It seems reasonably clear to me that a publisher can go a long way to making a book a bestseller if the publisher decides to make it happen. Make the book a sales rep pick; announce a several-hundred thousand copy first print run; talk the book up at BEA and elsewhere; include a letter from the head of the house in the ARC; devote a few hundred thousand dollars to advertising and in-store promotion; send the author on a big tour. The publisher might lose money in the process -- I get the feeling that happens fairly often to first-time authors who get the treatment I just described -- but the book will hit the NYT and other lists.
I say all this to emphasize that your publisher can do much, much more to make your book big than you can. It stands to reason, then, that the primary goal of your self-promotion efforts should be to recruit your publisher -- that is, to persuade your publisher's people to promote you the way you want them to promote you.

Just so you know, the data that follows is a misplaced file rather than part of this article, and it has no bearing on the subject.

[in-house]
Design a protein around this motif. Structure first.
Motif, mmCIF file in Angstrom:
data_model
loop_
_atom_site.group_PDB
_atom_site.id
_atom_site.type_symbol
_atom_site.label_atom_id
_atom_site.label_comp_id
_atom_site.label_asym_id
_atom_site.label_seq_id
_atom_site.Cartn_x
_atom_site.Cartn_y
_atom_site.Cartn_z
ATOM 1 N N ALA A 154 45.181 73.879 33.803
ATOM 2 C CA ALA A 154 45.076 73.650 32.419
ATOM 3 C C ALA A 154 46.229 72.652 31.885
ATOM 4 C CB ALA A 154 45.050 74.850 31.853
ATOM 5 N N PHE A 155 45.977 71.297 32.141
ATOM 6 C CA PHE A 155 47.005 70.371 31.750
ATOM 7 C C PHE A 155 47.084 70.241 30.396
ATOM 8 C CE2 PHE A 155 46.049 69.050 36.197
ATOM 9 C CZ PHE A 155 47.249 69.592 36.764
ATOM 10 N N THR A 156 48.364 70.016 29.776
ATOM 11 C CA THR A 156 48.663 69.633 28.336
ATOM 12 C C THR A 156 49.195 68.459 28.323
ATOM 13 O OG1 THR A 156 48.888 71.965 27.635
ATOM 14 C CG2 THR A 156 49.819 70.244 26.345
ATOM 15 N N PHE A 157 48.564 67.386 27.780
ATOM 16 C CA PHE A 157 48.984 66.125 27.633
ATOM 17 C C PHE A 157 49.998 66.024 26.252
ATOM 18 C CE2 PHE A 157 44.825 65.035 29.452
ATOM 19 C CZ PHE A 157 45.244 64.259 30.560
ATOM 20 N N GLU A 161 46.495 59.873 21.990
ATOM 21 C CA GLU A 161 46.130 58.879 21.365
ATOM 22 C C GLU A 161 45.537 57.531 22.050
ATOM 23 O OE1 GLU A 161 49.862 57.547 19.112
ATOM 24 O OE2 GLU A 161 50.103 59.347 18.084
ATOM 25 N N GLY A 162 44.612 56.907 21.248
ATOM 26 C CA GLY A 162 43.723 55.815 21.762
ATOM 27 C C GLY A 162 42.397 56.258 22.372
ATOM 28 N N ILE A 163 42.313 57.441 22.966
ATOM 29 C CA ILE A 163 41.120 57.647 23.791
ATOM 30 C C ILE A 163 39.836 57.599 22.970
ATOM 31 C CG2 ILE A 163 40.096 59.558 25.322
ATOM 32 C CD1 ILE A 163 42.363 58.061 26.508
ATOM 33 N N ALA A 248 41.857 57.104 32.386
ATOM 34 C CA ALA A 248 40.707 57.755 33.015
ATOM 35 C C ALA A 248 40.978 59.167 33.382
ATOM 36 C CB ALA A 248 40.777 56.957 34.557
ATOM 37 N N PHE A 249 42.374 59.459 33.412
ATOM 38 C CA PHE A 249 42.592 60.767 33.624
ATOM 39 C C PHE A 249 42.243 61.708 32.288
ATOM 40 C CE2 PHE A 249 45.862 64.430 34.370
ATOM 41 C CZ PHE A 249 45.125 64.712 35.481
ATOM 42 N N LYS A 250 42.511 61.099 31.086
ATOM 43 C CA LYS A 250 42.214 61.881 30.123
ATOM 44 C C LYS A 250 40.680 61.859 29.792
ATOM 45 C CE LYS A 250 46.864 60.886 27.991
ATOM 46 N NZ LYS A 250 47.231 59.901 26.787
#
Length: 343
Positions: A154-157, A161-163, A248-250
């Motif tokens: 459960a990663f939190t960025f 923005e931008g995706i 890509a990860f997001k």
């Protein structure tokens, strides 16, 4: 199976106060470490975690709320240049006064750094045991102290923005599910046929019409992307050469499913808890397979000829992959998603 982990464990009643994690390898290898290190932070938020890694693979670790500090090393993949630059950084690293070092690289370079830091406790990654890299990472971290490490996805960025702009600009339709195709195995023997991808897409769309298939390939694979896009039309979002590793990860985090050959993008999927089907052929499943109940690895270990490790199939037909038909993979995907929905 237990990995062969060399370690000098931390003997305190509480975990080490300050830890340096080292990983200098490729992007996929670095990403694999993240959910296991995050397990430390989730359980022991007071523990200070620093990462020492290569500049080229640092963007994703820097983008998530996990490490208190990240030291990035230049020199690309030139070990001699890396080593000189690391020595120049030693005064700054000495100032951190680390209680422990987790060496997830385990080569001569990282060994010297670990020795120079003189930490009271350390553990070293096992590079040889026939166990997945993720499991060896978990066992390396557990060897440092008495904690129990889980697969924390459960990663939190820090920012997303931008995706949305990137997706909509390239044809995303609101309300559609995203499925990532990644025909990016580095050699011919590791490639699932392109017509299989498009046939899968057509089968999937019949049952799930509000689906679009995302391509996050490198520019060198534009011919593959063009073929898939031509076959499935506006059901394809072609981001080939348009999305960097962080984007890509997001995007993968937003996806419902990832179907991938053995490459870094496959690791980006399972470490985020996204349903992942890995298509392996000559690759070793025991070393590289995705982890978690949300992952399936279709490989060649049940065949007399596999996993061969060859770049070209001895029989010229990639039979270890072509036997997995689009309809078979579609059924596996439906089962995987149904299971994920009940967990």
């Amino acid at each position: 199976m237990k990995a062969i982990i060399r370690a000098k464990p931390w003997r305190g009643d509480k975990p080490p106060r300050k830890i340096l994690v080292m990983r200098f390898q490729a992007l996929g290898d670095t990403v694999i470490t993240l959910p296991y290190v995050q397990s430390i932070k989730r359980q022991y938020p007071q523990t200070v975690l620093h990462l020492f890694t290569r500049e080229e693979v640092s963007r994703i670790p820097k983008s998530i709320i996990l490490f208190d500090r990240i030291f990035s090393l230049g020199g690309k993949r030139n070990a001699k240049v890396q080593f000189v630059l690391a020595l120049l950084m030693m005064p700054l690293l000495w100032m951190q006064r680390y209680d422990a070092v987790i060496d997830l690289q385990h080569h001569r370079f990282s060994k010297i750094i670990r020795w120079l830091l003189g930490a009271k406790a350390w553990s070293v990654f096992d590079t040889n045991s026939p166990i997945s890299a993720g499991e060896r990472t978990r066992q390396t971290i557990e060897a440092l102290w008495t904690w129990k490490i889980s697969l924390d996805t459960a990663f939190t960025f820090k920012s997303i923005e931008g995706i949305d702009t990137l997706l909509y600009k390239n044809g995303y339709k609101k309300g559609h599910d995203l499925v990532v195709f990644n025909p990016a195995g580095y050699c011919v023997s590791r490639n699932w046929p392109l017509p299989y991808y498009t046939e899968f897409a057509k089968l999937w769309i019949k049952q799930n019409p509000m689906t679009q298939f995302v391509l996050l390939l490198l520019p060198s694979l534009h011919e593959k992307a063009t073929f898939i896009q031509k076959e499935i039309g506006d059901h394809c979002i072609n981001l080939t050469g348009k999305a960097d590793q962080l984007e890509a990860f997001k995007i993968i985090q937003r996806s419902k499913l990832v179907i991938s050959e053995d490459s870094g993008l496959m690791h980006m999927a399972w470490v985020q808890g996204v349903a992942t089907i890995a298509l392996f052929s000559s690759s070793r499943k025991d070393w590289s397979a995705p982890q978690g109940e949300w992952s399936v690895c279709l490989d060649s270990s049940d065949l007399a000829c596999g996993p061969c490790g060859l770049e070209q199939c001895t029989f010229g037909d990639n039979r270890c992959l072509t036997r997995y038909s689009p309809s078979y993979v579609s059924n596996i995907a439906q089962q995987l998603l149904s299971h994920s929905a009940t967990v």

The question is how.
Start with attitude: if your publisher's people aren't doing all you want them to, it's not because they're stingy or stupid or mean. It's because you haven't yet fulfilled your responsibility to demonstrate to them that it's in their interest to do more. Look, if you knew a certain stock was going to go up ten percent tomorrow, you'd invest in it today, right? And if there were another stock that you knew would go up 15% tomorrow, you'd invest in that one instead, right?
(link via @nadialee)